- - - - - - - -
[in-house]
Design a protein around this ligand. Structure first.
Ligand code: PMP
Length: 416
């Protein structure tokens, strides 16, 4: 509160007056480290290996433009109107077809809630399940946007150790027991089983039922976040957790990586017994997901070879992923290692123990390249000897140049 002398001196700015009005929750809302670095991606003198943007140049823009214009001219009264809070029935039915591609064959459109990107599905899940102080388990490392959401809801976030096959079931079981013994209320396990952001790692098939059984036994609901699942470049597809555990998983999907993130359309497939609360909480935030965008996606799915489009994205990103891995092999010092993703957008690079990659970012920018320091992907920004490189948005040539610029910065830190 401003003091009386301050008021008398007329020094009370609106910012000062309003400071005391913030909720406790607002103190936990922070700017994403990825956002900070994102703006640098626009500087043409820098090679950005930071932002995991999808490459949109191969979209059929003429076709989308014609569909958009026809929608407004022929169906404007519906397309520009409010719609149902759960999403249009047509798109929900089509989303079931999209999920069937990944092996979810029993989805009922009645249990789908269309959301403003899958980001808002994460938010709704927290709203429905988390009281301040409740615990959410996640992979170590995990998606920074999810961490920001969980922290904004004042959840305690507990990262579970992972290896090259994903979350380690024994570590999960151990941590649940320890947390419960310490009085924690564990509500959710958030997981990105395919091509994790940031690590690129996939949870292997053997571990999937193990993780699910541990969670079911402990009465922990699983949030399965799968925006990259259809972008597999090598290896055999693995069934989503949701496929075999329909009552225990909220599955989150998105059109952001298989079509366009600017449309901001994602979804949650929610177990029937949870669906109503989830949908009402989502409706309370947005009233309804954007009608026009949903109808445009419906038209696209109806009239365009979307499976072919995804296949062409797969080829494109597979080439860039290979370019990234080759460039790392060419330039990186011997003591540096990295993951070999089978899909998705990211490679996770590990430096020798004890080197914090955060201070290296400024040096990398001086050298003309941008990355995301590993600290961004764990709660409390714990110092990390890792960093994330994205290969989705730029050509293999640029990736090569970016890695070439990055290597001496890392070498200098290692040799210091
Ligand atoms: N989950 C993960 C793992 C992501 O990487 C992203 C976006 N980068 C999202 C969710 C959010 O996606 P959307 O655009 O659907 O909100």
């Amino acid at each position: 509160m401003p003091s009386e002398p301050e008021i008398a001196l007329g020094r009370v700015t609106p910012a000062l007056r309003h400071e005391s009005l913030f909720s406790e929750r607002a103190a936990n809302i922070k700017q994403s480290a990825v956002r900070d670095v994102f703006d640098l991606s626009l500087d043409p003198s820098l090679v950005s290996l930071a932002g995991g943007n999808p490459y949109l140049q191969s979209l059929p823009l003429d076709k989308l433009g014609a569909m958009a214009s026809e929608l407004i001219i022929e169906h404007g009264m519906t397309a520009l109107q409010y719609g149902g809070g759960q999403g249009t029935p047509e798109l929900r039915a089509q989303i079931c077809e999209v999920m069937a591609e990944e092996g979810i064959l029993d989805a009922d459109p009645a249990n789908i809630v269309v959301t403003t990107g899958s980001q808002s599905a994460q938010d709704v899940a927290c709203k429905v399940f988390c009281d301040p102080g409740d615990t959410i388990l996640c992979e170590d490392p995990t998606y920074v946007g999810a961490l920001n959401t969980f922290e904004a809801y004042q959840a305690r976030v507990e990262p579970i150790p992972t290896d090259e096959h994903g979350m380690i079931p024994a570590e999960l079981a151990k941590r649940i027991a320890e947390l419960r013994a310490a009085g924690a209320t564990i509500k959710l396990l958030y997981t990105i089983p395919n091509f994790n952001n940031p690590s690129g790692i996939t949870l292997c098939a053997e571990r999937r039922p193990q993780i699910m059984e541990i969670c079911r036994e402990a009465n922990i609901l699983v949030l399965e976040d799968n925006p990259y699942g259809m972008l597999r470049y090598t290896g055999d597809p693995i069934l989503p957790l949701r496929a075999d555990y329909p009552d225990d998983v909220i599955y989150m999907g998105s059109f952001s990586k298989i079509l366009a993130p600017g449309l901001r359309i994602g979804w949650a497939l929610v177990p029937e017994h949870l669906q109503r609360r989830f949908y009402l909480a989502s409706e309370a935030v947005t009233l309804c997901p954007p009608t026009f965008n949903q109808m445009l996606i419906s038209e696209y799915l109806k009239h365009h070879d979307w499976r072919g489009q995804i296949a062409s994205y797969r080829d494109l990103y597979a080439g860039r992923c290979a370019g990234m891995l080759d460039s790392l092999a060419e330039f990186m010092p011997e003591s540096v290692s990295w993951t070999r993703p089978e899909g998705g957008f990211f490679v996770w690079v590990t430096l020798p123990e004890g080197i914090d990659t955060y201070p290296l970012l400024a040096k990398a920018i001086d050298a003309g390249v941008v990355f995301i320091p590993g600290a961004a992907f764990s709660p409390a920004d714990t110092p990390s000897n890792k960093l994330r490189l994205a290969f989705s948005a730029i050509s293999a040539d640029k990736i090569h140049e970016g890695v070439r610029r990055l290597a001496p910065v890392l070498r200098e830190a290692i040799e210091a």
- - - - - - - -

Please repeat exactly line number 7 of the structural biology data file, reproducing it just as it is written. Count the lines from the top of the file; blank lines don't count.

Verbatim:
């Amino acid at each position: 509160m401003p003091s009386e002398p301050e008021i008398a001196l007329g020094r009370v700015t609106p910012a000062l007056r309003h400071e005391s009005l913030f909720s406790e929750r607002a103190a936990n809302i922070k700017q994403s480290a990825v956002r900070d670095v994102f703006d640098l991606s626009l500087d043409p003198s820098l090679v950005s290996l930071a932002g995991g943007n999808p490459y949109l140049q191969s979209l059929p823009l003429d076709k989308l433009g014609a569909m958009a214009s026809e929608l407004i001219i022929e169906h404007g009264m519906t397309a520009l109107q409010y719609g149902g809070g759960q999403g249009t029935p047509e798109l929900r039915a089509q989303i079931c077809e999209v999920m069937a591609e990944e092996g979810i064959l029993d989805a009922d459109p009645a249990n789908i809630v269309v959301t403003t990107g899958s980001q808002s599905a994460q938010d709704v899940a927290c709203k429905v399940f988390c009281d301040p102080g409740d615990t959410i388990l996640c992979e170590d490392p995990t998606y920074v946007g999810a961490l920001n959401t969980f922290e904004a809801y004042q959840a305690r976030v507990e990262p579970i150790p992972t290896d090259e096959h994903g979350m380690i079931p024994a570590e999960l079981a151990k941590r649940i027991a320890e947390l419960r013994a310490a009085g924690a209320t564990i509500k959710l396990l958030y997981t990105i089983p395919n091509f994790n952001n940031p690590s690129g790692i996939t949870l292997c098939a053997e571990r999937r039922p193990q993780i699910m059984e541990i969670c079911r036994e402990a009465n922990i609901l699983v949030l399965e976040d799968n925006p990259y699942g259809m972008l597999r470049y090598t290896g055999d597809p693995i069934l989503p957790l949701r496929a075999d555990y329909p009552d225990d998983v909220i599955y989150m999907g998105s059109f952001s990586k298989i079509l366009a993130p600017g449309l901001r359309i994602g979804w949650a497939l929610v177990p029937e017994h949870l669906q109503r609360r989830f949908y009402l909480a989502s409706e309370a935030v947005t009233l309804c997901p954007p009608t026009f965008n949903q109808m445009l996606i419906s038209e696209y799915l109806k009239h365009h070879d979307w499976r072919g489009q995804i296949a062409s994205y797969r080829d494109l990103y597979a080439g860039r992923c290979a370019g990234m891995l080759d460039s790392l092999a060419e330039f990186m010092p011997e003591s540096v290692s990295w993951t070999r993703p089978e899909g998705g957008f990211f490679v996770w690079v590990t430096l020798p123990e004890g080197i914090d990659t955060y201070p290296l970012l400024a040096k990398a920018i001086d050298a003309g390249v941008v990355f995301i320091p590993g600290a961004a992907f764990s709660p409390a920004d714990t110092p990390s000897n890792k960093l994330r490189l994205a290969f989705s948005a730029i050509s293999a040539d640029k990736i090569h140049e970016g890695v070439r610029r990055l290597a001496p910065v890392l070498r200098e830190a290692i040799e210091a």